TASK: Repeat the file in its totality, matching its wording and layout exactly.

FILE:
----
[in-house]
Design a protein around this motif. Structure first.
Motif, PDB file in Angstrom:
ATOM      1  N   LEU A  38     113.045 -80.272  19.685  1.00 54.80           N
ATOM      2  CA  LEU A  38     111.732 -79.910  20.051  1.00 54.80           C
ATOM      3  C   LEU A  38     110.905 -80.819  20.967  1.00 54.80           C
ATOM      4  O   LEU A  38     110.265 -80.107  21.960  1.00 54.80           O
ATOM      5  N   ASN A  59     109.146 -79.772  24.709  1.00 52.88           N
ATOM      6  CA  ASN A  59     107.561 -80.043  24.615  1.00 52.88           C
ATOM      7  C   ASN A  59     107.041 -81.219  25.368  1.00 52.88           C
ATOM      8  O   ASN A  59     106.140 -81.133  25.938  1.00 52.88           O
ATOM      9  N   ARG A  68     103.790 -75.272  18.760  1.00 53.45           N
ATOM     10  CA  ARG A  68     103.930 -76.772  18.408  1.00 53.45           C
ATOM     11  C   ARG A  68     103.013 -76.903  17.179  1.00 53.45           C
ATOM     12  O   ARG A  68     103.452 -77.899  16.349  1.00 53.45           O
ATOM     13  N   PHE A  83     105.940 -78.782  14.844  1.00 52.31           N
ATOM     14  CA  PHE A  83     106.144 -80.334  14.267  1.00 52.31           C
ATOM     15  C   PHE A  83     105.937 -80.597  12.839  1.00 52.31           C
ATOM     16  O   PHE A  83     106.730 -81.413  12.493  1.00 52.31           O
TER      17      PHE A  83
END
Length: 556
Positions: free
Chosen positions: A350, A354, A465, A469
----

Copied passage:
[in-house]
Design a protein around this motif. Structure first.
Motif, PDB file in Angstrom:
ATOM      1  N   LEU A  38     113.045 -80.272  19.685  1.00 54.80           N
ATOM      2  CA  LEU A  38     111.732 -79.910  20.051  1.00 54.80           C
ATOM      3  C   LEU A  38     110.905 -80.819  20.967  1.00 54.80           C
ATOM      4  O   LEU A  38     110.265 -80.107  21.960  1.00 54.80           O
ATOM      5  N   ASN A  59     109.146 -79.772  24.709  1.00 52.88           N
ATOM      6  CA  ASN A  59     107.561 -80.043  24.615  1.00 52.88           C
ATOM      7  C   ASN A  59     107.041 -81.219  25.368  1.00 52.88           C
ATOM      8  O   ASN A  59     106.140 -81.133  25.938  1.00 52.88           O
ATOM      9  N   ARG A  68     103.790 -75.272  18.760  1.00 53.45           N
ATOM     10  CA  ARG A  68     103.930 -76.772  18.408  1.00 53.45           C
ATOM     11  C   ARG A  68     103.013 -76.903  17.179  1.00 53.45           C
ATOM     12  O   ARG A  68     103.452 -77.899  16.349  1.00 53.45           O
ATOM     13  N   PHE A  83     105.940 -78.782  14.844  1.00 52.31           N
ATOM     14  CA  PHE A  83     106.144 -80.334  14.267  1.00 52.31           C
ATOM     15  C   PHE A  83     105.937 -80.597  12.839  1.00 52.31           C
ATOM     16  O   PHE A  83     106.730 -81.413  12.493  1.00 52.31           O
TER      17      PHE A  83
END
Length: 556
Positions: free
Chosen positions: A350, A354, A465, A469